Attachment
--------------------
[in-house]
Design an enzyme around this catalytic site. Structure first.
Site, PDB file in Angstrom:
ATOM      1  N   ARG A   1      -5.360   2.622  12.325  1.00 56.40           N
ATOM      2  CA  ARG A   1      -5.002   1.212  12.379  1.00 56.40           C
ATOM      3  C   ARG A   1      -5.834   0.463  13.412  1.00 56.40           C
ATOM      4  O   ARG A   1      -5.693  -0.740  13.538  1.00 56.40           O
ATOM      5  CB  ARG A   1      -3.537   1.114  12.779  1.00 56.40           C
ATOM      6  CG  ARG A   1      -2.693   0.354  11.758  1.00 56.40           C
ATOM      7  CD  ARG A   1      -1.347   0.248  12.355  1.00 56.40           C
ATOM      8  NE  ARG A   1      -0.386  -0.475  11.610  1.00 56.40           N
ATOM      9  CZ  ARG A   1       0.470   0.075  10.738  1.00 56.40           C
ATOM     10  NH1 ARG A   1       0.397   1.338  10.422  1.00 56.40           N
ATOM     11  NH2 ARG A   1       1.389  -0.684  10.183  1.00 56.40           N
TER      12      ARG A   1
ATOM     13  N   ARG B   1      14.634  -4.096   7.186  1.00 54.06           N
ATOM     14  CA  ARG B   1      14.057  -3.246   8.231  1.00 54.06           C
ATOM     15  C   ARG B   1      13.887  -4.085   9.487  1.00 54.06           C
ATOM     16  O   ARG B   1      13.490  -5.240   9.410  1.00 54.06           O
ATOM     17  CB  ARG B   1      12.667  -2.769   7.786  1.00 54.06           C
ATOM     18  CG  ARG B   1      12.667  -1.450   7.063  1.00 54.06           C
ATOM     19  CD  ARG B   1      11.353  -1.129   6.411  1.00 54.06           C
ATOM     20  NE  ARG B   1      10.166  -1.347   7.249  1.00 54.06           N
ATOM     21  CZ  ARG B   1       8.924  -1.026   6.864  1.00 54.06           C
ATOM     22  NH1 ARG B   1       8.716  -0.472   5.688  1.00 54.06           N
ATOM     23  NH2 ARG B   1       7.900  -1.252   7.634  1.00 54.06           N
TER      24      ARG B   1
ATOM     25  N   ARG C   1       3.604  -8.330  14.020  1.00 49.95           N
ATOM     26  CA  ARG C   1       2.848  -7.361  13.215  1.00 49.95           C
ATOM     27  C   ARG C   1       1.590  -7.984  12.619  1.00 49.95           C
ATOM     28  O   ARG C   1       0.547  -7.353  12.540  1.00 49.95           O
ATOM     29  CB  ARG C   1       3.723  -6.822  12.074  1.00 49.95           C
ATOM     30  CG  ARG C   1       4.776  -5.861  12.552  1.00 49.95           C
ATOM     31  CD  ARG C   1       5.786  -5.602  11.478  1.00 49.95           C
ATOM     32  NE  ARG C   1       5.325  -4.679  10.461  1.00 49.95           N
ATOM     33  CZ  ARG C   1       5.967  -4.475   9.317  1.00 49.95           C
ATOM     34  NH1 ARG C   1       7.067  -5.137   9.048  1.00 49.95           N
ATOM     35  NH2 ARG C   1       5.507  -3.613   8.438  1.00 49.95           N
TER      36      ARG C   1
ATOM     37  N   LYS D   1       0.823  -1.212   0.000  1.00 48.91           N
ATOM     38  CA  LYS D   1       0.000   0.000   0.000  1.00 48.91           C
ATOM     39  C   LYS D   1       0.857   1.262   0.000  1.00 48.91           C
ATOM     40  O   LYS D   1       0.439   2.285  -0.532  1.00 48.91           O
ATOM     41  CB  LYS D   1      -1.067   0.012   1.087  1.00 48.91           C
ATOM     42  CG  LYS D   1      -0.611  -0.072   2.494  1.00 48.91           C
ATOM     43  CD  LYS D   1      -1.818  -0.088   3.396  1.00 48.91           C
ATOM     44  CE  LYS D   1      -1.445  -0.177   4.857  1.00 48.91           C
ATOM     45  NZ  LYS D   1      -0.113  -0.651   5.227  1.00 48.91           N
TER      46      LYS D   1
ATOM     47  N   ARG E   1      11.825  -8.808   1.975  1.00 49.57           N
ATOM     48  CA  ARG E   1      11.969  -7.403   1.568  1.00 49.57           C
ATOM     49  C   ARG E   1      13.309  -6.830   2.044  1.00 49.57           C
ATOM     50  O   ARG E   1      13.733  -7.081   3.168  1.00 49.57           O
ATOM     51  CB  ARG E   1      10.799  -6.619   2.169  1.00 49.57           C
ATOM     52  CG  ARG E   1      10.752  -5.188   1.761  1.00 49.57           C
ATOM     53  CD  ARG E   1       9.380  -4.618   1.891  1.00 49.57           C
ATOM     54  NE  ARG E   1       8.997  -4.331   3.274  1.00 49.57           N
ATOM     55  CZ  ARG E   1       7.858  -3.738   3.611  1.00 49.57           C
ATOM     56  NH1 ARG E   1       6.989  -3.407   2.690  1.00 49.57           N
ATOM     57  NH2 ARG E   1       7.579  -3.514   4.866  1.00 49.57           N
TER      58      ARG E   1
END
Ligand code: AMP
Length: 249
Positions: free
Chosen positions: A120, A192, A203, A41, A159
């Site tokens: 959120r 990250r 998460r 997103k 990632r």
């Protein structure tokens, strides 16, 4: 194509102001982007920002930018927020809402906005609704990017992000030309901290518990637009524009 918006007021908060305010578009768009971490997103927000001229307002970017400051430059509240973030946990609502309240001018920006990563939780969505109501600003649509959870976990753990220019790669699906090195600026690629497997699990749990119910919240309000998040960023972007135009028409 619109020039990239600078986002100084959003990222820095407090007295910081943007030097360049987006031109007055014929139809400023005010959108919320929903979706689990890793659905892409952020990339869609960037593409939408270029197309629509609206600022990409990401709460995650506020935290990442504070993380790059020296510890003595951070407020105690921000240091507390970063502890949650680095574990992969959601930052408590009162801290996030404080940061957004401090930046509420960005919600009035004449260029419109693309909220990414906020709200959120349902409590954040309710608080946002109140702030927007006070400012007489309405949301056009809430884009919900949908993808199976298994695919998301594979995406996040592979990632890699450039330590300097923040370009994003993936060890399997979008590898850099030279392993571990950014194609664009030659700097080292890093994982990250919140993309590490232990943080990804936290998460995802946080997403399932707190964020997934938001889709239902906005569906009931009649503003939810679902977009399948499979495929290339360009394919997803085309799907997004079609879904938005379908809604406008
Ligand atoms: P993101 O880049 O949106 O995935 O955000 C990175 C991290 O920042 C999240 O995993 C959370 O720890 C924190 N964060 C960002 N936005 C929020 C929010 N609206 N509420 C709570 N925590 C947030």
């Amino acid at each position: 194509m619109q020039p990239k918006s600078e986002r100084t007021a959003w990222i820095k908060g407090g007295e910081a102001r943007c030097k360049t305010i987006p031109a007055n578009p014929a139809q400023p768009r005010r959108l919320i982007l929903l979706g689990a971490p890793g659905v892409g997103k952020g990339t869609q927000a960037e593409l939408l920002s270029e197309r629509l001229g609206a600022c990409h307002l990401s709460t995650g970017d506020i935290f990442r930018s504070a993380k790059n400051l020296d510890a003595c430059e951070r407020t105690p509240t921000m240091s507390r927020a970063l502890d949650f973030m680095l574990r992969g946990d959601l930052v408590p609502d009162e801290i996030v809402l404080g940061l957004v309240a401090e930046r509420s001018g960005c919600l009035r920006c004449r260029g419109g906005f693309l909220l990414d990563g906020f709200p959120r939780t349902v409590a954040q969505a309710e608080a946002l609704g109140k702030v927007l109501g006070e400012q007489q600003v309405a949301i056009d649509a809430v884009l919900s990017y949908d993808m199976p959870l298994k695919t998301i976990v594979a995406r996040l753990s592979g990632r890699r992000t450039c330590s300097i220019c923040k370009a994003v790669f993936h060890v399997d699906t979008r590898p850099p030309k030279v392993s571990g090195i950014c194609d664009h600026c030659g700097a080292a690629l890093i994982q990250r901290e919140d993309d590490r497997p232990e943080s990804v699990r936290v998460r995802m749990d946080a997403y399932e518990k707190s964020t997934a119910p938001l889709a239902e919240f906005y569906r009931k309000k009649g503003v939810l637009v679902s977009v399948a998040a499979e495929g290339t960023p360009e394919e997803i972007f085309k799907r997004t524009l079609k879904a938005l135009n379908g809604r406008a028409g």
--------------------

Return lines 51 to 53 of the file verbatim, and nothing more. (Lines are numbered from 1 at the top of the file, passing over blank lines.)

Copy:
ATOM     48  CA  ARG E   1      11.969  -7.403   1.568  1.00 49.57           C
ATOM     49  C   ARG E   1      13.309  -6.830   2.044  1.00 49.57           C
ATOM     50  O   ARG E   1      13.733  -7.081   3.168  1.00 49.57           O